Wednesday, August 24, 2016

A small dog considers being rubbed

Just in time for National Poetry Day, which is tomorrow, the 26th August, 2016. A poem written some while ago...

A small dog considers being rubbed

Oh, I can be rubbed until the
veritable cows come home,
those large dociles not of my
own ancestry.

I can lie on my back while you
massage my tummy
(infantile word)
as though I had no organs inside
excepting one organ, a
heart already pulsating
fast, pulsating
faster at every stroke of
your rough hand.

I can have my ears mangled and tangled
around my head as though my
brain barely knew anything beyond the
scratching and rubbing, though
if the need arose, alert
would be my first instinct ˗
if I could choose between
alert and rubbing.

I can have that monstrosity of a
tail, that appendage which is in
reality a curled sausage,
one found after being
left the pantry too long,
that hanger-on covered in
fine fur flailing, a
peacock’s tail, though of course it
lacks some degree of iridescence; I
can, as I say, have it flicked and
fluttered by you without
ignominy.

It is your touch I crave, not
respectability, not honour, not
pride in the self that I am through
God’s own design; I acquire such a
deep intensity through your touch that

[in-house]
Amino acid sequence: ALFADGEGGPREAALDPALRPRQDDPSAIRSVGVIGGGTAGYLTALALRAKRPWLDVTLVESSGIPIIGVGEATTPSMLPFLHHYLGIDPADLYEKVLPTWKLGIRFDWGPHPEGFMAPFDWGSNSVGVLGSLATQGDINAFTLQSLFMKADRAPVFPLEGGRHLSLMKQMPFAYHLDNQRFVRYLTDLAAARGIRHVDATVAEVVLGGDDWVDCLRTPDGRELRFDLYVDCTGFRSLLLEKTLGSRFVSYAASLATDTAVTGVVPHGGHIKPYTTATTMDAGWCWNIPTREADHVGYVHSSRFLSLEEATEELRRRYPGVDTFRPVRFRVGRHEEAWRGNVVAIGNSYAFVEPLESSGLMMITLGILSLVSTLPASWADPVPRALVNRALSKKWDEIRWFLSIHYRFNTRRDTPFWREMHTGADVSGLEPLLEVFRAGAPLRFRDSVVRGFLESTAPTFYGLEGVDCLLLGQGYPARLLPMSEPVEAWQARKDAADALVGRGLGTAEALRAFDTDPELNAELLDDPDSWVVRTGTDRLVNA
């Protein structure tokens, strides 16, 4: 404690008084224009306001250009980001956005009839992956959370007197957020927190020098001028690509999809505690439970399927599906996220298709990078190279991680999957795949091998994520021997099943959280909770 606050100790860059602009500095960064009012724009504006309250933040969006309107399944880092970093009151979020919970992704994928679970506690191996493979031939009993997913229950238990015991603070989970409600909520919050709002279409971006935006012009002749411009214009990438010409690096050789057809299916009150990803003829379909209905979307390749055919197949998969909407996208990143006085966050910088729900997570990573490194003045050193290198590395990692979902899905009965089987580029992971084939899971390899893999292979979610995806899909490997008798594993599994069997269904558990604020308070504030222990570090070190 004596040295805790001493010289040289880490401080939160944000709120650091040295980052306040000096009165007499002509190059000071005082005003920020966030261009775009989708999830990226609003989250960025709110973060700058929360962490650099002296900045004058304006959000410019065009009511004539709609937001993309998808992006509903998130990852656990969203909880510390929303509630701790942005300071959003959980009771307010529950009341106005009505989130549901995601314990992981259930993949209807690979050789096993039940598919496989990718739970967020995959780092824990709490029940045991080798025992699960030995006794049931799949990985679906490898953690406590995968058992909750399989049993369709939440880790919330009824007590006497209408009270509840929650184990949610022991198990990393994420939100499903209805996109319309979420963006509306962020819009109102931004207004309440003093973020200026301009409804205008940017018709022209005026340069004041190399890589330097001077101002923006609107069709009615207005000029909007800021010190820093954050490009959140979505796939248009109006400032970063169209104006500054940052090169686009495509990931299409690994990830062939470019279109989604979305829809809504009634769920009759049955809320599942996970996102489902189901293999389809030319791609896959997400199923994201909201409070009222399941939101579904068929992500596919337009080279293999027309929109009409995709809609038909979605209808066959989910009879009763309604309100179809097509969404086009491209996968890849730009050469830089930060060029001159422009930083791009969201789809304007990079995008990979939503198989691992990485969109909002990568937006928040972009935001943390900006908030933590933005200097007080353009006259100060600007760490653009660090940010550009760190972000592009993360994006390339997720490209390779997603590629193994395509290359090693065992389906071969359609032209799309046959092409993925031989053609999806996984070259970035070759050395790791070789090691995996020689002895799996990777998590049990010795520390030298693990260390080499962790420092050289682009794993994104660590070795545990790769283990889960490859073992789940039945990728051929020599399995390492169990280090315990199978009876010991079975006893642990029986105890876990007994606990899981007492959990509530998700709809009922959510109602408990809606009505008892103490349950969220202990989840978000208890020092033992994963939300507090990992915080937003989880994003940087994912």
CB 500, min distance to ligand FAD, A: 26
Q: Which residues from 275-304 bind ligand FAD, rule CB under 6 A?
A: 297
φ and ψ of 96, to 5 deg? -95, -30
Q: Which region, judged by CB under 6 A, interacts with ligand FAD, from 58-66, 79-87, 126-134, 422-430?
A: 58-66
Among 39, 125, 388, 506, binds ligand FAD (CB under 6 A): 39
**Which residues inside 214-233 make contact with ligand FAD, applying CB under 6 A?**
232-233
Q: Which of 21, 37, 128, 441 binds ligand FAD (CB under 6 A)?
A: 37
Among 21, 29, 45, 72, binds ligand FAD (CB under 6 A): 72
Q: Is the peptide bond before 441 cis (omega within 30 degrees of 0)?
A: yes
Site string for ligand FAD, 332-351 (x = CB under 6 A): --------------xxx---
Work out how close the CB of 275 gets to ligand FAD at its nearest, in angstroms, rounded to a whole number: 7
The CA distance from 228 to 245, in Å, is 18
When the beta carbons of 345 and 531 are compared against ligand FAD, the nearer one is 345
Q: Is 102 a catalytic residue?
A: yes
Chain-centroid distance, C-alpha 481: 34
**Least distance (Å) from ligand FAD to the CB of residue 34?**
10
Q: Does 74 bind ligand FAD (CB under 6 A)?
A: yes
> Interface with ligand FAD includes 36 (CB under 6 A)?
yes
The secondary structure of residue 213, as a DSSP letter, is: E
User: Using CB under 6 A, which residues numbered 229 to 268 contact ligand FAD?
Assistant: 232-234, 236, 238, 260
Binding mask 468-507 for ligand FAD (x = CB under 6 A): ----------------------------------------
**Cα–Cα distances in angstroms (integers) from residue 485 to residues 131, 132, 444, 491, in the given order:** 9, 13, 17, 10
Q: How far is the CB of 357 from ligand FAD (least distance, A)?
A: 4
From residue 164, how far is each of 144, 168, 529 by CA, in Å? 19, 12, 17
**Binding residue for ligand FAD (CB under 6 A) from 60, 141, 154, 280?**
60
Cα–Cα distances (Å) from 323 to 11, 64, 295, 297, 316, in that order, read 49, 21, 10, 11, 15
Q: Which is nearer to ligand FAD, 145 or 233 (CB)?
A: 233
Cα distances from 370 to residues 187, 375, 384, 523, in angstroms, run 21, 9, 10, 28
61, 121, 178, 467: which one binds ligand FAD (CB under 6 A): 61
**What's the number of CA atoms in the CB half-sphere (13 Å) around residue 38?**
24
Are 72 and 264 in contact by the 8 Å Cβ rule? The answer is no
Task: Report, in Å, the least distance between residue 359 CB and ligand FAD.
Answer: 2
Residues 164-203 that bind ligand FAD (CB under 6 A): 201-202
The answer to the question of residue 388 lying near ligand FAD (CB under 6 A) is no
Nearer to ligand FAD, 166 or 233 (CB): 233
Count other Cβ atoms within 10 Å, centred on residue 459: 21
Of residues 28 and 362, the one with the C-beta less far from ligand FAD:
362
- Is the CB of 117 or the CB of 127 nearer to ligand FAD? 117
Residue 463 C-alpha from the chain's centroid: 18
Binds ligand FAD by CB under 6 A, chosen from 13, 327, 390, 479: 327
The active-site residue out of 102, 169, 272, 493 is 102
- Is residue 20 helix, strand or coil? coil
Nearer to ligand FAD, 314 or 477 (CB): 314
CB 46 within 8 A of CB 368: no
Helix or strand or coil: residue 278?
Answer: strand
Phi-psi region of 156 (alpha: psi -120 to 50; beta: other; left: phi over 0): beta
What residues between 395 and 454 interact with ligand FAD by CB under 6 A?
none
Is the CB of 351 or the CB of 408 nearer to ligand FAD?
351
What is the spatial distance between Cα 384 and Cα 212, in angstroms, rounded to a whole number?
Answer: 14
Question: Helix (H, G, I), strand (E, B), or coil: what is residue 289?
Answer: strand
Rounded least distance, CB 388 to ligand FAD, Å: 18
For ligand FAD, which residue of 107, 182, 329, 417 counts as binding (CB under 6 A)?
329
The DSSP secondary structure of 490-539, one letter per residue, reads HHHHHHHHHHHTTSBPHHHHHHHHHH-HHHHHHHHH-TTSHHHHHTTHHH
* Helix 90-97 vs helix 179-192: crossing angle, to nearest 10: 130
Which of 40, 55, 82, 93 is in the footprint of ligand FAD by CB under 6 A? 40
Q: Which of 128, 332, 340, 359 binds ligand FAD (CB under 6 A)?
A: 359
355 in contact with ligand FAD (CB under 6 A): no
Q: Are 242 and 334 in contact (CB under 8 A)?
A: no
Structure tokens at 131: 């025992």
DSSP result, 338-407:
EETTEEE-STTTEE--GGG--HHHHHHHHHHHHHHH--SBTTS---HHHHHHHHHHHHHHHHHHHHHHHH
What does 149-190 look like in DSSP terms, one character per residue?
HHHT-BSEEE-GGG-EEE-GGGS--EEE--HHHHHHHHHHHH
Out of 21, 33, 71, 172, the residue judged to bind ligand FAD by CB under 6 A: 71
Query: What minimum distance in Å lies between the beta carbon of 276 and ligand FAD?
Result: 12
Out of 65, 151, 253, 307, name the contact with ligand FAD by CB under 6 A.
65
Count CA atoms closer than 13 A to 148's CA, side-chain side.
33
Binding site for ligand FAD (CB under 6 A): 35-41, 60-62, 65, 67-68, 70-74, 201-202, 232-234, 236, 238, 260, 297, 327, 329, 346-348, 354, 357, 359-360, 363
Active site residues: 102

all I am as Dog is affirmed.

Food I can fast from; walks can wait
(though not indefinitely);
sleep is pleasant but never the
ultimate necessity. There is only one
necessity: that when I sit snuggled beside you,
or lean my chin on your knee, or
push my head between your shins
like those aforesaid cows calmed before any
possible storm by heads enclosed in a
padded containment; or stand on your
lap, front paws on your chest where the
beat pulsates at a rate
slower, heavier, than mine,
snout to nose, greatly tempted to
lick you, the necessity is
only to be stroked.

Sweep my fur back to front,
I will love you.
Clean gunk around my eyes,
I’ll love you.
Thrust me in a bath and wash my bum,
I’ll love you.
Take me frantic to the Vet’s,
I will love you,
Unconditionally.
Perhaps that’s putting
something too
fine of a point on it:
I will love you

if you rub me. 


The reference to the dog pushing his head between my shins and its connections to cows comes from Temple Grandin's research into cattle behaviour, where cows were made less stressed by being put into a device called a squeeze chute. At least that's how I remember it from the movie where Grandin used a smaller version of this to calm herself during anxiety attacks. 

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